You cannot optimize Cloud cost if you don’t have visibility into the spent and a baseline. A good starting point for the Cloud Optimization framework is to ensure visibility of your spending and control over cloud expenditure.
Organizing cloud costs could entail resource tagging, cost allocation, and chargeback and show-back models. Additionally, creating and using a clear BI dashboard for visibility and control can help your organizations tremendously in the following ways:
To maintain an optimal state, you need to ensure that sound policies around budgeting are adhered to. In terms of Governance, the framework should oversee resource creation permissions as well. Microsoft offers automation tools like Microsoft Advisor and Microsoft Cost Management to monitor your spending and cost spikes.
The journey for any cloud cost optimization starts with initial analyses of current cloud estate and identifying optimization opportunities across compute, network, storage, and other cloud-native features. Any cloud cost optimization framework needs to have a repository of cost levers with associated architecture and feature trade-offs. Businesses would need governance — the policies around budget adherence, resource creation permissions, etc. — to maintain an optimal state.
The key here is to focus on quick wins first, followed by dashboard creation for better visibility and control. Lastly, establish a Governance model to maintain an optimal state.
To maintain an optimal state, you will need:
The Cloud is ever-evolving, and hence, organizations must also ensure to evolve their portfolio as well. For example, automation, autoscaling, serverless services, containers, etc. have evolved the cloud game and, if adopted, can ensure continuity in reducing costs. Hence, it becomes of utmost importance to find new optimization strategies and opportunities to ensure continuous reviewing. The key here is not just to have a one-time cloud cost optimization journey but to ensure a continuous optimization cycle at every stage.
Cloud consumers should be responsible for what they consume. Enable them to create forecasts and pursue optimization opportunities. A good starting point would be to develop a resource tagging (e.g., usage, ownership, department, and cost center) model to implement the chargeback model. With proper resource tagging, it is possible to associate resource cost to resource owner — thus, a cost center code.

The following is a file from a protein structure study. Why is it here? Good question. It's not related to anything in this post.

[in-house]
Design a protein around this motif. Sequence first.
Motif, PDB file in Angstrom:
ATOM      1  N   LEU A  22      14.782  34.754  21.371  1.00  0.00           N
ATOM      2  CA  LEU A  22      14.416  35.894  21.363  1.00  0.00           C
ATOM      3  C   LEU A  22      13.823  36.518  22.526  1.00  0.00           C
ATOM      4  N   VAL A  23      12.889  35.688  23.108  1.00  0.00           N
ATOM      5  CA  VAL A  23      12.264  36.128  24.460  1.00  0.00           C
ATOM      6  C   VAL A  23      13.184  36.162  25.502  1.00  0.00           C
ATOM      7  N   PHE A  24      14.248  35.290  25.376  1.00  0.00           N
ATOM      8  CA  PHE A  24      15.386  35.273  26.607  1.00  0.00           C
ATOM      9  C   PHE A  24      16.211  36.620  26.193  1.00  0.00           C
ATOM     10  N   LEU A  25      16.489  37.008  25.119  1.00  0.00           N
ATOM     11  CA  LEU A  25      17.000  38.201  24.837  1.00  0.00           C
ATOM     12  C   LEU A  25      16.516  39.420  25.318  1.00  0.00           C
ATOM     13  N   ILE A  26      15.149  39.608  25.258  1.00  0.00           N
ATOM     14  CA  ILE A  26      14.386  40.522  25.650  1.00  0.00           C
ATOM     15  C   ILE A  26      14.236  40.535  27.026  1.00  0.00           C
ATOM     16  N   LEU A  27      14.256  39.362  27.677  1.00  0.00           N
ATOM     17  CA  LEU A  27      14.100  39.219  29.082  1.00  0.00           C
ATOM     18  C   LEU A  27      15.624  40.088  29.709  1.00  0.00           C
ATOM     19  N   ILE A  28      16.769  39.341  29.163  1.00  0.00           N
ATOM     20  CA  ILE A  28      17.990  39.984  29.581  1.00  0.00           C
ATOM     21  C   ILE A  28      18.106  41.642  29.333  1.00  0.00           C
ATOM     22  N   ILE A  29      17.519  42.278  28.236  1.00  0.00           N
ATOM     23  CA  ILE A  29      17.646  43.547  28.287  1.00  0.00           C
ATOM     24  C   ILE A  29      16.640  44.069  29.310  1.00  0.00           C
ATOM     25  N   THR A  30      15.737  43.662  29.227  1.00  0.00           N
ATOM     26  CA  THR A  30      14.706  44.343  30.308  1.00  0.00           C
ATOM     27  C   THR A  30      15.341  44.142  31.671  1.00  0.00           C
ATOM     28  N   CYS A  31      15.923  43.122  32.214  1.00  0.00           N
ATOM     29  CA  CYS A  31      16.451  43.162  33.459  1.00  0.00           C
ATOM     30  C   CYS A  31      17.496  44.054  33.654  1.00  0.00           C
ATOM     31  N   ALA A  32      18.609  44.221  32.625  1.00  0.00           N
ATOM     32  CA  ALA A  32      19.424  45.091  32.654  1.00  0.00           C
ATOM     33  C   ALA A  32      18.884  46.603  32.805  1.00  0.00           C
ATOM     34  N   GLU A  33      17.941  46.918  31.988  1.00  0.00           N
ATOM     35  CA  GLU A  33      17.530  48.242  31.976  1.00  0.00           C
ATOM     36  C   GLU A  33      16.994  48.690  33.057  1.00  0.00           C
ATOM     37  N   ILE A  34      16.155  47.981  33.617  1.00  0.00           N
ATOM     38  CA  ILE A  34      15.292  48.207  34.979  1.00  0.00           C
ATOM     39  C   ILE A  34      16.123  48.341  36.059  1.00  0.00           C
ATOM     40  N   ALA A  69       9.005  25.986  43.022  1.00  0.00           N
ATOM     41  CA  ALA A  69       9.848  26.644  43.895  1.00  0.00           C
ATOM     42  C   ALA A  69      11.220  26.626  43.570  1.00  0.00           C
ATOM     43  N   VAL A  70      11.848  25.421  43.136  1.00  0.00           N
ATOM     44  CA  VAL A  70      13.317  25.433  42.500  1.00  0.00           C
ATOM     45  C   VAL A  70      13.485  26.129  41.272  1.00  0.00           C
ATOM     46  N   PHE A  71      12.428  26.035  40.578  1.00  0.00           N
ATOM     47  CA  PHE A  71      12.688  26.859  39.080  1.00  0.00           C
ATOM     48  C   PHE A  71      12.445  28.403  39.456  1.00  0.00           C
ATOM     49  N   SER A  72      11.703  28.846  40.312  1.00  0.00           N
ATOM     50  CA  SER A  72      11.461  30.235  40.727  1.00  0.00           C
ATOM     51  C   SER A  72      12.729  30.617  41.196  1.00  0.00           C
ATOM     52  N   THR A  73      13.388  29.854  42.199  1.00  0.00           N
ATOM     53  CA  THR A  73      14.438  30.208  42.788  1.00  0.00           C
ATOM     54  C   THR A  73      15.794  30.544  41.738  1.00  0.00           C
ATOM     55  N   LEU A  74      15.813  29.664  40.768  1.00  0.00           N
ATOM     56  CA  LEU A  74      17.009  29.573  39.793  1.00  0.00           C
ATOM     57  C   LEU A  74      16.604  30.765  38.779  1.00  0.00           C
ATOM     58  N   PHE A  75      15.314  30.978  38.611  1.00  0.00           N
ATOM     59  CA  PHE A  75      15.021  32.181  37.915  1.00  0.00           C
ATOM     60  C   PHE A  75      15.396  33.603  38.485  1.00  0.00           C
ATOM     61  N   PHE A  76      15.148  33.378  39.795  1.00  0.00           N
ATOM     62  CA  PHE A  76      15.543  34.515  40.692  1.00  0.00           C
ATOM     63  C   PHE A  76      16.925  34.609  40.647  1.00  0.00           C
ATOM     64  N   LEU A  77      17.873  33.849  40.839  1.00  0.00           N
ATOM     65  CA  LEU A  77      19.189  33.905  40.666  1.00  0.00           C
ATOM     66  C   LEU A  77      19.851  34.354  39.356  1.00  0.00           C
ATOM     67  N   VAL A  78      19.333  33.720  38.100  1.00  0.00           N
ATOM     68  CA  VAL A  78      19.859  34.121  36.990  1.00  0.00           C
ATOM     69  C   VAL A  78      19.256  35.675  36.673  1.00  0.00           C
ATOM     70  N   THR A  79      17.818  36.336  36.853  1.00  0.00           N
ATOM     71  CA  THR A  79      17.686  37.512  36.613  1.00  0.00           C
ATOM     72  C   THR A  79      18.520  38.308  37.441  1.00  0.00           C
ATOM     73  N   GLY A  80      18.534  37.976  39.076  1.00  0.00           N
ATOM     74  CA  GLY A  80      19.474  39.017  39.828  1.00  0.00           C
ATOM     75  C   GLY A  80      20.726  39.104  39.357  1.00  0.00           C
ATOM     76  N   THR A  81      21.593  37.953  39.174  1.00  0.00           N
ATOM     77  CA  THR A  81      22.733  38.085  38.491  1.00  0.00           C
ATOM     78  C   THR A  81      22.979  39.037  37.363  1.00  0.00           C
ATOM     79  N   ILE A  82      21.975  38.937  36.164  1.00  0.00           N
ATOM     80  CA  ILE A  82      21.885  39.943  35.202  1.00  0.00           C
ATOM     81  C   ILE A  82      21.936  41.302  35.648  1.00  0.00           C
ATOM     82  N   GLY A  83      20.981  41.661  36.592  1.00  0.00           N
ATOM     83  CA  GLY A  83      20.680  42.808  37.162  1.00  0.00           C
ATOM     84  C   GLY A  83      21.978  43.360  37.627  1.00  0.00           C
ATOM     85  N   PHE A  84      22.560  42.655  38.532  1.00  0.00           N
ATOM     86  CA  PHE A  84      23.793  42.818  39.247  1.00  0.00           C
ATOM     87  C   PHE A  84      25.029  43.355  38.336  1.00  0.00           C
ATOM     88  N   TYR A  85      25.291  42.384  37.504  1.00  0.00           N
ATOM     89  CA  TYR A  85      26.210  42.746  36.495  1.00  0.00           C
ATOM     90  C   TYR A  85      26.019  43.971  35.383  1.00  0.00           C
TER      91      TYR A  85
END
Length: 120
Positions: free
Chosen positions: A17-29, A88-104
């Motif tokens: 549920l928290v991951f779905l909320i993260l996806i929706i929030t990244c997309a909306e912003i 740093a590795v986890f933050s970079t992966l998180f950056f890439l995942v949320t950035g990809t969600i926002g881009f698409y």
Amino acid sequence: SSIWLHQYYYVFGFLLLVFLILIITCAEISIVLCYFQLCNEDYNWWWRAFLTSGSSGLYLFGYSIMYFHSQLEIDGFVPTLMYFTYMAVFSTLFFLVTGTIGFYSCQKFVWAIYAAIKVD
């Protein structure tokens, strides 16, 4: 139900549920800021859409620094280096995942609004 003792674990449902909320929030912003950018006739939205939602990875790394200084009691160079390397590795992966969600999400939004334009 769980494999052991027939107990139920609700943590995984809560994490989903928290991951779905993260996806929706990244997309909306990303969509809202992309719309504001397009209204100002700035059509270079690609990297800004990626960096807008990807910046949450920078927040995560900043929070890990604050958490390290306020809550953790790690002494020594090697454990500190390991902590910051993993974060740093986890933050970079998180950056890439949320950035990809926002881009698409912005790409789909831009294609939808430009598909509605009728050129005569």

Choose the suitable sourcing model from allocation-based and consumption-based services.
With the advent of pay-as-you-go (PAYG) models, financial decisions have been decentralized. This means that, in previous traditional IT models, only a few people were responsible for making financial decisions about infrastructure purchases. With new pricing models, anyone can make cloud spending and cost management decisions, and how has now become everyone’s responsibility.
Hence, it becomes imperative to integrate FinOps. FinOps is nothing but a combination of FINance (budgeting and cost modes) and OPerations (infrastructure, apps, data).
Cloud cost optimization calls for a paradigm shift at the organizational level and at the behavioral level to ensure that cloud investments are utilized responsibly and optimally. It is not just an operational concern or merely about “cost reduction”; it’s a value-driven strategic move. The path toward it will not be linear and requires tight collaboration among governance, architecture, operations, product management, finance, and application development to be successful.
With the right strategic interventions, control, and operating model, the Cloud provides excellent visibility to organizations on IT spends and is undoubtedly the most crucial and promising/futuristic technology investment an organization can make.
Keywords: Cloud, COVID19, Digital Twins